A lot! The report did not make a lot of efforts to trying to understand the structure of the deal. The comment in the GE AR 2018: “…but we hold no voting or participating rights through our direct economic ownership” (see above) is perfectly understandable from the structure of the deal (it simply describes the upper path from GE to BHGE LLC, not more) and not at all an indication that GE does not control anything. The Markopolos report also did not look at board composition at all.

The comment that there might be a fraudulent double consolidation (at GE and at BHGE) is also wrong. In a consolidated group there might be many subsidiaries which also have to report on a consolidated basis. Nothing wrong with this, normal business. It would only be problematic if two unrelated companies consolidate the same assets at the same time, but this is obviously not the case here.

2. Did the announcement of divestment plans trigger any valuation adjustments that would have otherwise not been necessary?

If certain assets are classified as “held for sale” they have to be impaired to the lower market value (SFAS 144). Let’s check if this is the case here.

What we know

In fact, GE has plans to get rid of its BHGE interest. They have publicly announced this. However, in the 2018 Annual Report GE writes:

Source: GE AR (Form 10-K) 2018, note 2: Businesses held for sale and Discontinued Operations, p. 111.

Of course, it might be that GE has made a reporting mistake here. So it is worth to look deeper into it. First, the relevant standard SFAS 144 (Accounting for the Impairment or Disposal of Long-Lived Assets) that regulates the accounting for assets that are up for sale is quite similar to IFRS 5 (Non-current Assets Held for Sale and Discontinued Operations). In these standards we can find the criteria for putting assets up for sale – and they are quite strict.

Without going into all the details, it is necessary (on a cumulative basis) that the assets must be available for immediate sale in its present condition subject only to terms that are usual and customary for sales of such assets, that the sale of the asset must be probable, and its transfer expected to qualify for recognition as a completed sale, within one year, with certain exceptions. They must be actively marketed at a price that is reasonable in relation to it fair value. And actions required to complete the divestment plan must indicate that there are no significant changes to the divestment plan. And so on.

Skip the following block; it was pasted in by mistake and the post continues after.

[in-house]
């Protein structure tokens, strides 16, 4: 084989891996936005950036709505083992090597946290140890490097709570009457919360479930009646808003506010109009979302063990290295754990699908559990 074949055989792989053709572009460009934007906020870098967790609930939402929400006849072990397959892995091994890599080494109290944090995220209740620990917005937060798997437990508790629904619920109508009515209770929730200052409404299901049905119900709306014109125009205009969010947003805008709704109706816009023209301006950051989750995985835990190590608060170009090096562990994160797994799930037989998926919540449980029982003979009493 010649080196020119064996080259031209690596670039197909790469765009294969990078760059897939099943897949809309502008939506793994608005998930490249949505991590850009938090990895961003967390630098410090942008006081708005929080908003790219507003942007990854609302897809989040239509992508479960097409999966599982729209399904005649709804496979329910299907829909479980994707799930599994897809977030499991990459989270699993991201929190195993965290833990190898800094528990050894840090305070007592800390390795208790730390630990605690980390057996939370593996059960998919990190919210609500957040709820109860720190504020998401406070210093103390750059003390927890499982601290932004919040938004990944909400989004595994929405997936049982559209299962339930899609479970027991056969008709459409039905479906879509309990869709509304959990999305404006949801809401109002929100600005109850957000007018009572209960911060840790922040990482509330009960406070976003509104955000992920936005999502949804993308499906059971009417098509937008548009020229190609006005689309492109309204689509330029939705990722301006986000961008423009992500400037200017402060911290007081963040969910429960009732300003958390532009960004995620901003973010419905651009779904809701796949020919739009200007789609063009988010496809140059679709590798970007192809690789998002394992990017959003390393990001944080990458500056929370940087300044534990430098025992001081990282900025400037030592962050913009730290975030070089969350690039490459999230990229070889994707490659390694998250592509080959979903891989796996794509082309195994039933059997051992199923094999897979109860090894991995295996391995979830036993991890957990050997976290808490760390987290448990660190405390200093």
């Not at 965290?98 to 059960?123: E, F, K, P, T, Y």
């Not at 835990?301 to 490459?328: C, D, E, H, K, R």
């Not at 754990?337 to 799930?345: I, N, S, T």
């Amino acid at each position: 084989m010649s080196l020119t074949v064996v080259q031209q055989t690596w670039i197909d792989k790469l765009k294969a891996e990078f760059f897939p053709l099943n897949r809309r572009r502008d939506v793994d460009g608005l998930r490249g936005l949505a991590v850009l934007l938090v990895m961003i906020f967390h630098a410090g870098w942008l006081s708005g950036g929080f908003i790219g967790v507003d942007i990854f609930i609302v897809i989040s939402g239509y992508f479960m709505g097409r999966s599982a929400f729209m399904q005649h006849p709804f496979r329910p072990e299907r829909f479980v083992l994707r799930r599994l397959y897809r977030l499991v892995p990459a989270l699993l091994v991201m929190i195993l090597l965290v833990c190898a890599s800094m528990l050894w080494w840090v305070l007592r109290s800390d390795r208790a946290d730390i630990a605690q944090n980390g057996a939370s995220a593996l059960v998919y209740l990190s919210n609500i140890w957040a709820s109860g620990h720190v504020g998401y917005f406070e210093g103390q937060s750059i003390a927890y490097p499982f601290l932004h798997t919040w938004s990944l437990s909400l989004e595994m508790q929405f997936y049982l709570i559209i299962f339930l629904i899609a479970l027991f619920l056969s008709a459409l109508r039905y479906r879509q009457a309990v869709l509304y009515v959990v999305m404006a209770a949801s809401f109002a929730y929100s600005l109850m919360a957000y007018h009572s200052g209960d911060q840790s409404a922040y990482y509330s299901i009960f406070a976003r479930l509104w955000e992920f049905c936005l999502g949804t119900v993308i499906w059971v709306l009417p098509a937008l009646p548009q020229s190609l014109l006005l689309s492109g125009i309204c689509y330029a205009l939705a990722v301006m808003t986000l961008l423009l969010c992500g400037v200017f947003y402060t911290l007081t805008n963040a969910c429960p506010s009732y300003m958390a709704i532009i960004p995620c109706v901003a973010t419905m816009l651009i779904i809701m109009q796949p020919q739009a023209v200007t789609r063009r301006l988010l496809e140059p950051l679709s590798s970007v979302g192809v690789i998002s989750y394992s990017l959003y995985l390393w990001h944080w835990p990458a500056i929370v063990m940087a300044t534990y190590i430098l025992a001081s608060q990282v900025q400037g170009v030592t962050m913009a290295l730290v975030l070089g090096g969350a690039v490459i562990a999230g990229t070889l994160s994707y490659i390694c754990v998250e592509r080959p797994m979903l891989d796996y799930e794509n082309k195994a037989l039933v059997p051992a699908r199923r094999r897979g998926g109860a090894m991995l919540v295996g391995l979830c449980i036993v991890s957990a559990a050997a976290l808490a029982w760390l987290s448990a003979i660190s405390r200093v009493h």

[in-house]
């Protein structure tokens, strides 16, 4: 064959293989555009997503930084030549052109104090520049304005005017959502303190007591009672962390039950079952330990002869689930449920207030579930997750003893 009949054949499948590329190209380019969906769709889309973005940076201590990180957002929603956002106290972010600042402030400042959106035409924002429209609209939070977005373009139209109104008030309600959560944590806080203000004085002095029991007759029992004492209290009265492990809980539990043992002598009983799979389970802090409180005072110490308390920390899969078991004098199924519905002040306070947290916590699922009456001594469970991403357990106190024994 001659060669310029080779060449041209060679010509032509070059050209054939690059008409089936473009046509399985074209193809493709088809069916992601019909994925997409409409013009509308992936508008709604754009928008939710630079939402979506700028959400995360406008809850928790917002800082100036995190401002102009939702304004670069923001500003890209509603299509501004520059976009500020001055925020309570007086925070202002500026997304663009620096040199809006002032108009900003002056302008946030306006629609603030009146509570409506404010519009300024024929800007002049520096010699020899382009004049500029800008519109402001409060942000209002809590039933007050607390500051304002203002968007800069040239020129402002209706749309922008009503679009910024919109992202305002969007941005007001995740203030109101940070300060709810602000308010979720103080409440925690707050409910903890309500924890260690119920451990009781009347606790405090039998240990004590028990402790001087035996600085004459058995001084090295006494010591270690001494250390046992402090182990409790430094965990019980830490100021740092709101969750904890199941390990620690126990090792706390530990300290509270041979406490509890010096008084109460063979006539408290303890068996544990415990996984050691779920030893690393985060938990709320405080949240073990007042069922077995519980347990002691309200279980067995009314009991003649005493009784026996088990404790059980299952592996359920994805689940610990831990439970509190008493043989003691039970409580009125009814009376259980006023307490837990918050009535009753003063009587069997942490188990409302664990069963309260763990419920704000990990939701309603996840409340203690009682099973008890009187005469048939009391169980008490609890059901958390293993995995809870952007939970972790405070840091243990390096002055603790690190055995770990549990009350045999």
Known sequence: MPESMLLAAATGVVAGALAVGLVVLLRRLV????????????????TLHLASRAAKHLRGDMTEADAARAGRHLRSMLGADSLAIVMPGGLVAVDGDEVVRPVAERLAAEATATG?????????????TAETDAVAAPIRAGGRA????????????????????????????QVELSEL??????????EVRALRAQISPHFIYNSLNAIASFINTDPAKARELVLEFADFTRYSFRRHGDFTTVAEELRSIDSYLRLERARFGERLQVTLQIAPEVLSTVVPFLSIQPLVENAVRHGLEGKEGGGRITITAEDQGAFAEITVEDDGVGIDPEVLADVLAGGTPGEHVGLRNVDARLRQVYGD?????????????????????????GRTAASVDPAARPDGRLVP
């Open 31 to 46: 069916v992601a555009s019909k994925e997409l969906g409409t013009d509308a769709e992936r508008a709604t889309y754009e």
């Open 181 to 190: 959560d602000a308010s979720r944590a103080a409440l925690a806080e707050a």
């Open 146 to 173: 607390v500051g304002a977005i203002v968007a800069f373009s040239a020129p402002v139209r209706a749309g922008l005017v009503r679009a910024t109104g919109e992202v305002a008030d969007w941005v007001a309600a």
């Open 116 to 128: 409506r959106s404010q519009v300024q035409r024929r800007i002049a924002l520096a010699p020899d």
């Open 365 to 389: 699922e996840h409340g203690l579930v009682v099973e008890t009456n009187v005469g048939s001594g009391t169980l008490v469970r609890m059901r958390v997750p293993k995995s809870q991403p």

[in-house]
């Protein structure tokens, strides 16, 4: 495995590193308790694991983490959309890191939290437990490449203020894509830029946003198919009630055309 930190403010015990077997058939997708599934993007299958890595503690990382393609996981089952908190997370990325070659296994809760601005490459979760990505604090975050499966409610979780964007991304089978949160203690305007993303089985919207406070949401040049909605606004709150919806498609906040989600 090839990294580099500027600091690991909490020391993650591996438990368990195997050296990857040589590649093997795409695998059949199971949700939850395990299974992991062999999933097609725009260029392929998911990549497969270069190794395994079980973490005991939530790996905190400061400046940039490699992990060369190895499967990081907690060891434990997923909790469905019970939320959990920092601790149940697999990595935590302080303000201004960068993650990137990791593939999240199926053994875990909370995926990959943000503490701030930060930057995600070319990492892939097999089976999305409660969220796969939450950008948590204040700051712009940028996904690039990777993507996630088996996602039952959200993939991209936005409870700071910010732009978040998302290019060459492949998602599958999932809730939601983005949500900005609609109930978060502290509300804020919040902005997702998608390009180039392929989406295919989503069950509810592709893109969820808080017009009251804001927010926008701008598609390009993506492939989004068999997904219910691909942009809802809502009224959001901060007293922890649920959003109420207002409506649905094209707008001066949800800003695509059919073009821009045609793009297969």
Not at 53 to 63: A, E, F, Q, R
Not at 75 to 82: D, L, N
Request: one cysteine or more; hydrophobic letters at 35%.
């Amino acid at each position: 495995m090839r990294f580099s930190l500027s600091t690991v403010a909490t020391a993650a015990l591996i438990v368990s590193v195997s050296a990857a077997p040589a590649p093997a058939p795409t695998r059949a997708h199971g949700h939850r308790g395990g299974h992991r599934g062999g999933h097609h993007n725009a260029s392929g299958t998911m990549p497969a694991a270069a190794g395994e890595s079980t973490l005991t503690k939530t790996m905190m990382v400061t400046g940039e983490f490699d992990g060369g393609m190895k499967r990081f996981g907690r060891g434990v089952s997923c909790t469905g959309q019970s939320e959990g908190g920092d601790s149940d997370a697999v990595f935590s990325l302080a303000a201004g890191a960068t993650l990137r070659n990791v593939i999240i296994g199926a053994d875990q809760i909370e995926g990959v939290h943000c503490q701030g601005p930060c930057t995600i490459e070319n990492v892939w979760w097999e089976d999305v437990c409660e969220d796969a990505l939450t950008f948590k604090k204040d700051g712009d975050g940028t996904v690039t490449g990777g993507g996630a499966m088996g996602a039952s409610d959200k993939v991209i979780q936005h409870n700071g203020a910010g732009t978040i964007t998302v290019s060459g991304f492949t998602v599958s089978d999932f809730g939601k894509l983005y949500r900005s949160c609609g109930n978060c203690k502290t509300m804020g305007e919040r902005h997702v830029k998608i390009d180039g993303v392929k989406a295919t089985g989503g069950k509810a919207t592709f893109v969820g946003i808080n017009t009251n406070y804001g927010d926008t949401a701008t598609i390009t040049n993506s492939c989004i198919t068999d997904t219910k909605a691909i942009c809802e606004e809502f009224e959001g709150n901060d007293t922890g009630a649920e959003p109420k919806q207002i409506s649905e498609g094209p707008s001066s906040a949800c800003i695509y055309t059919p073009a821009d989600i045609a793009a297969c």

Here is a bit of background on why there are so strict requirements: Usually, the standard setters want to make it difficult for companies to put assets up for sale when in fact the companies do not want to do this with a sufficient degree of seriousness. Because otherwise there might be the incentive for CFOs to exclude some underperforming assets from the core numbers, giving investors the false impression that on an ongoing basis the company is still in very good shape. This set of rules is a negative demarcation.

As a consequence, it is very easy for companies to NOT put assets up for sale. Companies simply have to state that they do not want to sell it today but perhaps in the future (or similar with any of the other requirements), and that’s it already.

What we do not know

Perhaps GE really checked boxes for all the requirements cited above. But then the management would be very stupid and in fact performed a misreporting. Assessment: Highly improbable!

What we think

Quite simple: At least one of the criteria has not been met. No accounting for assets up for sale! Not a fraud at all. However, it might be that investors are not super-happy with this way of disclosure as there is in fact a market price decrease as compared to the carrying value – but to be honest, GE management didn’t hide a lot with regard to the economic consequences. In fact, they write:

Source: GE AR (Form 10-K) 2018, note 15, p. 139, also cited by the Markopolos report.